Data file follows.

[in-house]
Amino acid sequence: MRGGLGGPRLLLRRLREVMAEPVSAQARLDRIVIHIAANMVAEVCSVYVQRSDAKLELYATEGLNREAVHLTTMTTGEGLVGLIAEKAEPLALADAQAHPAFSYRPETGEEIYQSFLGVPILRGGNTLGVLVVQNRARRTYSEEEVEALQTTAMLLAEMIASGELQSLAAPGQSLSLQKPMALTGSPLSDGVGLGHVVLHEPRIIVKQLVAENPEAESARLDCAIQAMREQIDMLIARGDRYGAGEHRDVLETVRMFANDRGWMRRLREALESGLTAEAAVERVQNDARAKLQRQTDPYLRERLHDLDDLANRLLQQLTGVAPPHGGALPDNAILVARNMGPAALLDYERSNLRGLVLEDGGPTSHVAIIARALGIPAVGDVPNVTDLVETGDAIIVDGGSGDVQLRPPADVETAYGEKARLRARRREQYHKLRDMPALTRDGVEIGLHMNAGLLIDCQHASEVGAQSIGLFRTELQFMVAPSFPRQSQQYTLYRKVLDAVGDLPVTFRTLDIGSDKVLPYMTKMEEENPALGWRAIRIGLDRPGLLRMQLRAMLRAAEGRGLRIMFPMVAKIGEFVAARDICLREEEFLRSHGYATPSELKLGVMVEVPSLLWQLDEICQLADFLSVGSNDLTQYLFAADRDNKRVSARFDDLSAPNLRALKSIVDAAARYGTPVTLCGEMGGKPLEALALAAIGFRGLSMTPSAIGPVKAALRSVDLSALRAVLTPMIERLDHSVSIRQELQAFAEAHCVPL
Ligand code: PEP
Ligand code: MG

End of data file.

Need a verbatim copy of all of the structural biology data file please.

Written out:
[in-house]
Amino acid sequence: MRGGLGGPRLLLRRLREVMAEPVSAQARLDRIVIHIAANMVAEVCSVYVQRSDAKLELYATEGLNREAVHLTTMTTGEGLVGLIAEKAEPLALADAQAHPAFSYRPETGEEIYQSFLGVPILRGGNTLGVLVVQNRARRTYSEEEVEALQTTAMLLAEMIASGELQSLAAPGQSLSLQKPMALTGSPLSDGVGLGHVVLHEPRIIVKQLVAENPEAESARLDCAIQAMREQIDMLIARGDRYGAGEHRDVLETVRMFANDRGWMRRLREALESGLTAEAAVERVQNDARAKLQRQTDPYLRERLHDLDDLANRLLQQLTGVAPPHGGALPDNAILVARNMGPAALLDYERSNLRGLVLEDGGPTSHVAIIARALGIPAVGDVPNVTDLVETGDAIIVDGGSGDVQLRPPADVETAYGEKARLRARRREQYHKLRDMPALTRDGVEIGLHMNAGLLIDCQHASEVGAQSIGLFRTELQFMVAPSFPRQSQQYTLYRKVLDAVGDLPVTFRTLDIGSDKVLPYMTKMEEENPALGWRAIRIGLDRPGLLRMQLRAMLRAAEGRGLRIMFPMVAKIGEFVAARDICLREEEFLRSHGYATPSELKLGVMVEVPSLLWQLDEICQLADFLSVGSNDLTQYLFAADRDNKRVSARFDDLSAPNLRALKSIVDAAARYGTPVTLCGEMGGKPLEALALAAIGFRGLSMTPSAIGPVKAALRSVDLSALRAVLTPMIERLDHSVSIRQELQAFAEAHCVPL
Ligand code: PEP
Ligand code: MG